By Josh Smith
SEOUL (Reuters) – There are increasing signs that North Korea could soon test a nuclear weapon for the first time since 2017 in a bid to improve its arsenal and increase political pressure, U.S. and South Korean officials and analysts said.
Two U.S. officials told Reuters that there were indications, including activity near the Punggye-ri nuclear site, that Pyongyang may be preparing for some sort of test, though an exact timing was unclear.
A South Korean military official confirmed that they were tracking activity to restore one of the tunnels used for nuclear tests.
Pentagon spokesman John Kirby declined this week to comment, but said Washington is concerned about the possibility of new tests because they would be an opportunity for North Korea to enhance its arsenal.
“Every time you test you learn…. We know that this is a programme that they want to improve,” he told a briefing on Tuesday. “And so of course, we’re concerned about efforts to do that.”
Analysts say that more testing could help North Korea reach its stated goals of making smaller nuclear warheads and improving their reliability.
A resumption of nuclear tests could send political shockwaves through the region. China and Russia had joined the United States and other United Nations Security Council members in sanctioning Pyongyang over its previous tests, but in the wake of last week’s intercontinental ballistic missile (ICBM) flight, both Beijing and Moscow signalled opposition to any new measures and said sanctions should be eased.
Liu Xiaoming, China’s envoy for Korean affairs, has called on all sides to show restraint, but said the root cause of tensions is Washington’s failure to address North Korea’s legitimate security concerns and to reciprocate steps Pyongyang had taken since 2018.
On Thursday State Department spokesman Ned Price said Washington remains open to talks, but that continued provocations by North Korea would incur additional responses from the international community.
A NUCLEAR SITE REBORN
North Korea has conducted all six of its nuclear tests in deep tunnels dug under the mountains at Punngye-ri. In 2018 it used explosives to close old entrances in front of invited foreign media but not international experts, raising questions about the extent of the demolition.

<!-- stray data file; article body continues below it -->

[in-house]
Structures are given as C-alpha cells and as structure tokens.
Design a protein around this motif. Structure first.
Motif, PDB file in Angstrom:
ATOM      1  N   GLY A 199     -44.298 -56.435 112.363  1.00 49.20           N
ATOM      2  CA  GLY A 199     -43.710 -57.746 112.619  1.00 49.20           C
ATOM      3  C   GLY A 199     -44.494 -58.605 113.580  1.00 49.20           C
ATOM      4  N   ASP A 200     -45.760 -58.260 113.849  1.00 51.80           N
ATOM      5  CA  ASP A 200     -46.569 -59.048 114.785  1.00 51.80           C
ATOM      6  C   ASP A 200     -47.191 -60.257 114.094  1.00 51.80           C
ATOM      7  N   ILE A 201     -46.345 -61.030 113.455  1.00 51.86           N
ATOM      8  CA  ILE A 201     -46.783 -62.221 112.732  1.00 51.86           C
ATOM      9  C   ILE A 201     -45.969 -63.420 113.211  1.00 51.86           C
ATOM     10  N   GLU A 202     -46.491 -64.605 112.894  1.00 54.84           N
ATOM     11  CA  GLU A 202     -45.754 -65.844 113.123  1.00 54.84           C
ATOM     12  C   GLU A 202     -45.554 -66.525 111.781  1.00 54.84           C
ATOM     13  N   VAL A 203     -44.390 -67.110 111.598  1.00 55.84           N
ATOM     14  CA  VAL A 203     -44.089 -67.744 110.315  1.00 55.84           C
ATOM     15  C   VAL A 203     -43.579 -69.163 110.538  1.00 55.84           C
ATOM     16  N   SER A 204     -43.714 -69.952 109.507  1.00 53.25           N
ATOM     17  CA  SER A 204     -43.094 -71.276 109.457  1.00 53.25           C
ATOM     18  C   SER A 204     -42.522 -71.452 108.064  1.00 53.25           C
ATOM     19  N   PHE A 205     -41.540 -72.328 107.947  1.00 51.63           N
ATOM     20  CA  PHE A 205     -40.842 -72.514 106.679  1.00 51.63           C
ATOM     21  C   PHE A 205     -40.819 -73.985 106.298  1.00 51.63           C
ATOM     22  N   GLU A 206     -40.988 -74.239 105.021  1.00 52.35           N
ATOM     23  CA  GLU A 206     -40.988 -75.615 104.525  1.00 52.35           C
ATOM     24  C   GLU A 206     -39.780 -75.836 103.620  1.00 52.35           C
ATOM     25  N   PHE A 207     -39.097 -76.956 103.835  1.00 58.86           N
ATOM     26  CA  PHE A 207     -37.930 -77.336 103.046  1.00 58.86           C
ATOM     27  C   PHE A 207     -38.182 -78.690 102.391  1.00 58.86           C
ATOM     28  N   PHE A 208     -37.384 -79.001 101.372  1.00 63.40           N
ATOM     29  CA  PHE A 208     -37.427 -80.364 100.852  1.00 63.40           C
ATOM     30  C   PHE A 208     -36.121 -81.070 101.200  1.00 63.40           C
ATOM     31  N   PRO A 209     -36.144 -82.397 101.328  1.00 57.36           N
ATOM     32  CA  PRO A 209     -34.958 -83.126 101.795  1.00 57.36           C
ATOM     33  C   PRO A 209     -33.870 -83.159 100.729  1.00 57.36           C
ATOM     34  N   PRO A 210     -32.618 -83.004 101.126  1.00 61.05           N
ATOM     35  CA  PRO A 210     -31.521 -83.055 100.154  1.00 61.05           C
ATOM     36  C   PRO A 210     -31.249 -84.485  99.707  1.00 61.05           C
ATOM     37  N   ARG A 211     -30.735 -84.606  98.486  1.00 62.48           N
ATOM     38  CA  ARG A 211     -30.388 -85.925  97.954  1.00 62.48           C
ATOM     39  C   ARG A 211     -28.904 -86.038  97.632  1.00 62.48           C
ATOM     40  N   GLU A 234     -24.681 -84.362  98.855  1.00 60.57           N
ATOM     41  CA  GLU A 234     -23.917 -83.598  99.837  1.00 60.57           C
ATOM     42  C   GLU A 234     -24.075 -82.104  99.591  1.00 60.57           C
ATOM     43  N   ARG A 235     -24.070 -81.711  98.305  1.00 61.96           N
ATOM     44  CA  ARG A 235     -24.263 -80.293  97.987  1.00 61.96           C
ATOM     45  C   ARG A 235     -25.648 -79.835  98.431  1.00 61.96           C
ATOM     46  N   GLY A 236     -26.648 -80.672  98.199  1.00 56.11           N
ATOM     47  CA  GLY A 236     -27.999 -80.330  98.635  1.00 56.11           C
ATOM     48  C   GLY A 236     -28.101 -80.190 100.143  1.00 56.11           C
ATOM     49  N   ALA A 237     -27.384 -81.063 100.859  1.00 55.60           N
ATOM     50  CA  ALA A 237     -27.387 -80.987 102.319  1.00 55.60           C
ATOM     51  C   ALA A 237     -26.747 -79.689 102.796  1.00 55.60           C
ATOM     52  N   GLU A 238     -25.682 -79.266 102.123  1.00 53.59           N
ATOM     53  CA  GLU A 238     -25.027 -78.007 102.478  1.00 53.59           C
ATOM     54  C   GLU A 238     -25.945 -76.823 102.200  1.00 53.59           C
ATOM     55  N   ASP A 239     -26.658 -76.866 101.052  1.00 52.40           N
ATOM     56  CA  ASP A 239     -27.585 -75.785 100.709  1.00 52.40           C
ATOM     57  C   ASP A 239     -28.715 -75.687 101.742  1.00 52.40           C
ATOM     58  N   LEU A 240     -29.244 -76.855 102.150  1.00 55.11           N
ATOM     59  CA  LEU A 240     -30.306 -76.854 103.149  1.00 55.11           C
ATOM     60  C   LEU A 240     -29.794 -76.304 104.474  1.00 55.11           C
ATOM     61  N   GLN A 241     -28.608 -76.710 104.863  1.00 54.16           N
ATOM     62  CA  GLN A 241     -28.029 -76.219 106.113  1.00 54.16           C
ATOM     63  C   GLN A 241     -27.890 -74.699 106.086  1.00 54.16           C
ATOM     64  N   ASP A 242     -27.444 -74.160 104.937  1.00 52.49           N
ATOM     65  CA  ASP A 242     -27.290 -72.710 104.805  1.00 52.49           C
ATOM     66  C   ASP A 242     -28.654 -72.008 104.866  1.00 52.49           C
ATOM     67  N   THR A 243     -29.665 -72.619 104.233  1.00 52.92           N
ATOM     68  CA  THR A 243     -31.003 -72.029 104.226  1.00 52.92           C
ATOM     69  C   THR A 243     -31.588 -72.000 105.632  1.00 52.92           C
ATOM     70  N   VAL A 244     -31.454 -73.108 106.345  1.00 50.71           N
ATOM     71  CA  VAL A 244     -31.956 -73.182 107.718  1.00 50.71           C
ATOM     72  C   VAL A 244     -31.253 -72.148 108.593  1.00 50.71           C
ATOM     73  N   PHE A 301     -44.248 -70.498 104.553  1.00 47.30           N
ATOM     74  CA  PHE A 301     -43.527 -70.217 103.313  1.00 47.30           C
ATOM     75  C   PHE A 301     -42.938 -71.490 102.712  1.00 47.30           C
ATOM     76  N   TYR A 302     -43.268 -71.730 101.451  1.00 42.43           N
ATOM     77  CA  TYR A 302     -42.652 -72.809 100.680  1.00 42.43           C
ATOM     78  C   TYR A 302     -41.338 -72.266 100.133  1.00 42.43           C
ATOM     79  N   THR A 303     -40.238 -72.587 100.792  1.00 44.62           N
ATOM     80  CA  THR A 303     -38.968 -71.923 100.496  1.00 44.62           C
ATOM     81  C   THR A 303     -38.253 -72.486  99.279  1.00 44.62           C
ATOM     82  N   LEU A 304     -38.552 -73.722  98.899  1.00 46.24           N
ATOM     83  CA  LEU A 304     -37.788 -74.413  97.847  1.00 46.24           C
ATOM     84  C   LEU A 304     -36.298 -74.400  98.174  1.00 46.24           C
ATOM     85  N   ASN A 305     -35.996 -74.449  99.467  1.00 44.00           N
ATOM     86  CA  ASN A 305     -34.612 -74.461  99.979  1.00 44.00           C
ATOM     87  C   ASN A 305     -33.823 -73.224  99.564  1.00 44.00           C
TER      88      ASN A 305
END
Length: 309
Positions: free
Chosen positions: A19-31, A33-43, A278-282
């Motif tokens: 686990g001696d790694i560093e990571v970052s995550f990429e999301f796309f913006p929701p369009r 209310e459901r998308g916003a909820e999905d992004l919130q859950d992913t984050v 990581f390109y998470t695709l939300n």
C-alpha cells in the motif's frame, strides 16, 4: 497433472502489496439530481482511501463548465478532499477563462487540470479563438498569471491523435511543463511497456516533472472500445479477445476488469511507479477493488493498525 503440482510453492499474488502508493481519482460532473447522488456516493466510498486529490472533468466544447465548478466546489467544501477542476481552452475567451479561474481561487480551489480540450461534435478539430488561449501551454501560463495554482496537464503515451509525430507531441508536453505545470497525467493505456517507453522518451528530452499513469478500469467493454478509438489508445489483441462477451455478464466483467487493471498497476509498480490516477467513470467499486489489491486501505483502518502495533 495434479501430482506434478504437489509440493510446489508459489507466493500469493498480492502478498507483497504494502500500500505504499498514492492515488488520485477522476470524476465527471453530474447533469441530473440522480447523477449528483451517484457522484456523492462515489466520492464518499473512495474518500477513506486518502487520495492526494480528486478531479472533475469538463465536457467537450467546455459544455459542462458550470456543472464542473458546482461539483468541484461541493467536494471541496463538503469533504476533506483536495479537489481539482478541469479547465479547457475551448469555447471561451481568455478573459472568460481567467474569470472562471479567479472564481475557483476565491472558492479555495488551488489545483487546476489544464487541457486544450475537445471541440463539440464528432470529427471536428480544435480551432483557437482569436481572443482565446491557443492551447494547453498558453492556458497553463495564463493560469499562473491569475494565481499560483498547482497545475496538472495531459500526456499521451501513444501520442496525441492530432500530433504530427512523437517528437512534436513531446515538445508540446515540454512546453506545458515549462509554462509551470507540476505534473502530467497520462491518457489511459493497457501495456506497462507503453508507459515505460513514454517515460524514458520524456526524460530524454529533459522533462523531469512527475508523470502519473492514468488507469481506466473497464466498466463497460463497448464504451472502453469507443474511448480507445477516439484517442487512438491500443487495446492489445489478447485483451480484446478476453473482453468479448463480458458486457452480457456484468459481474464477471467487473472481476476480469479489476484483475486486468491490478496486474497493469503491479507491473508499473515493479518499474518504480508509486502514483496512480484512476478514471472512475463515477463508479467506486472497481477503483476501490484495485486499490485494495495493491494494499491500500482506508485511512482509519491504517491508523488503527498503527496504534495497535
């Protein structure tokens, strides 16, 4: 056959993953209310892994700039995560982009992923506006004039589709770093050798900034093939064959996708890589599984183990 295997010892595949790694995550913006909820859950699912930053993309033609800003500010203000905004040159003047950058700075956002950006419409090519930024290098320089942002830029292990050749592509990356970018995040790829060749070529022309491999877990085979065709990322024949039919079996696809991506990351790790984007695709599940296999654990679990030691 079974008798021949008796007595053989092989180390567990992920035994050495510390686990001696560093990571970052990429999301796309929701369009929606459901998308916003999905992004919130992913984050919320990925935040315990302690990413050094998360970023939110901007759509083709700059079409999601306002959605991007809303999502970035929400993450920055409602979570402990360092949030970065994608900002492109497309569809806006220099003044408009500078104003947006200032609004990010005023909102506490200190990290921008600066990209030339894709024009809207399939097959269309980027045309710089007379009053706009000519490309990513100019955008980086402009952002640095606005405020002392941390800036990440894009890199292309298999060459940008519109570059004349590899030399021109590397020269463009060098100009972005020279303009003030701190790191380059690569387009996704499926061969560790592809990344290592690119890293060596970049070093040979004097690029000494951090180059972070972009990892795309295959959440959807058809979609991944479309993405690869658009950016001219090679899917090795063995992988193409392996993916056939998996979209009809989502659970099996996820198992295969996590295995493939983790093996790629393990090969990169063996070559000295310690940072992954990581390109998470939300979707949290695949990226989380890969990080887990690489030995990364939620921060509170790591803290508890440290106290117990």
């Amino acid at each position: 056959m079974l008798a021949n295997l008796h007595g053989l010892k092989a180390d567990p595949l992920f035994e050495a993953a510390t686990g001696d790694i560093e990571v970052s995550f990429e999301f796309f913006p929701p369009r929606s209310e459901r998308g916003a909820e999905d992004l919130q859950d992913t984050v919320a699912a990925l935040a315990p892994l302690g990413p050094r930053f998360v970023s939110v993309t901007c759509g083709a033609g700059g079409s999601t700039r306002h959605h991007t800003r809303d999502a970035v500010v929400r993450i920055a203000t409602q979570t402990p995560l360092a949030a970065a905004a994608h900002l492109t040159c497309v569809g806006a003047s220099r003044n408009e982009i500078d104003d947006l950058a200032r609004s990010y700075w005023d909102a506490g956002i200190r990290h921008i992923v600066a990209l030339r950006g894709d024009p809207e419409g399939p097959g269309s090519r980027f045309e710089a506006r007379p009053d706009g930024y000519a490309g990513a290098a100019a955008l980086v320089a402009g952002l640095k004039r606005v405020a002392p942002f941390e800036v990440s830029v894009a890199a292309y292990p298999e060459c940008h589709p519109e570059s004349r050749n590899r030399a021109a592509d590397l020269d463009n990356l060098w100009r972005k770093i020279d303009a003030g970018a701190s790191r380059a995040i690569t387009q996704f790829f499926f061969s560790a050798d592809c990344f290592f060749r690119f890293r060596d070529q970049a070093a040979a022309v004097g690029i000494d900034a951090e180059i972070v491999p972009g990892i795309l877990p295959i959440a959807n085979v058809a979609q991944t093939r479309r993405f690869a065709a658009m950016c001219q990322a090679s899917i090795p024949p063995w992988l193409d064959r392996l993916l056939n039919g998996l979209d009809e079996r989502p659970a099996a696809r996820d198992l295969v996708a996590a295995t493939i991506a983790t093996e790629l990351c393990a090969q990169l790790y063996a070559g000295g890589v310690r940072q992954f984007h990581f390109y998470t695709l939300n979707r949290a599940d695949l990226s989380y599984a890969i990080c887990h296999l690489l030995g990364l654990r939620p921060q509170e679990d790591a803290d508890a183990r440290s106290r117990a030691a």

That year Pyongyang declared a voluntary moratorium on testing nuclear weapons and its ICBMs. Since then, it has said it is not bound to that because of a lack of reciprocal moves by the United States and its allies. Last month, it test-fired ICBMs for the first time since 2017.
Commercial satellite imagery from Thursday shows probable new excavation at the site’s South Portal, just east of a former tunnel entrance that was destroyed as part of site dismantlement efforts in 2018, 38 North, a U.S.-based programme that monitors North Korea, said in a report.
Although some South Korean media reports suggested that workers were building “shortcuts” to connect with the test tunnels as quickly as possible, it seems more likely they were trying to excavate into a stable point rather than digging through the fractured rock around the former entrance, 38 North said.
The organisation noted that some technical buildings such as the site’s command and control centre were not destroyed in 2018.
Since December, satellite imagery has showed activity at the main administrative area, the Vienna-based Open Nuclear Network (ONN) said in a report this week.
Notably, the South Portal tunnel that North Korea appears be reactivating was not previously used for testing, the ONN report said. Piles of what might be logs, often used to shore up such tunnels, have also been spotted, it added.
A separate 38 North report said satellite imagery shows increased activity around North Korea’s Sohae Satellite Launching Station, after leader Kim Jong Un ordered its expansion as part of a programme to launch spy satellites to monitor military moves by the United States and its allies.
(Reporting by Josh Smith; Additional reporting by Idrees Ali in Washington; Editing by Gerry Doyle)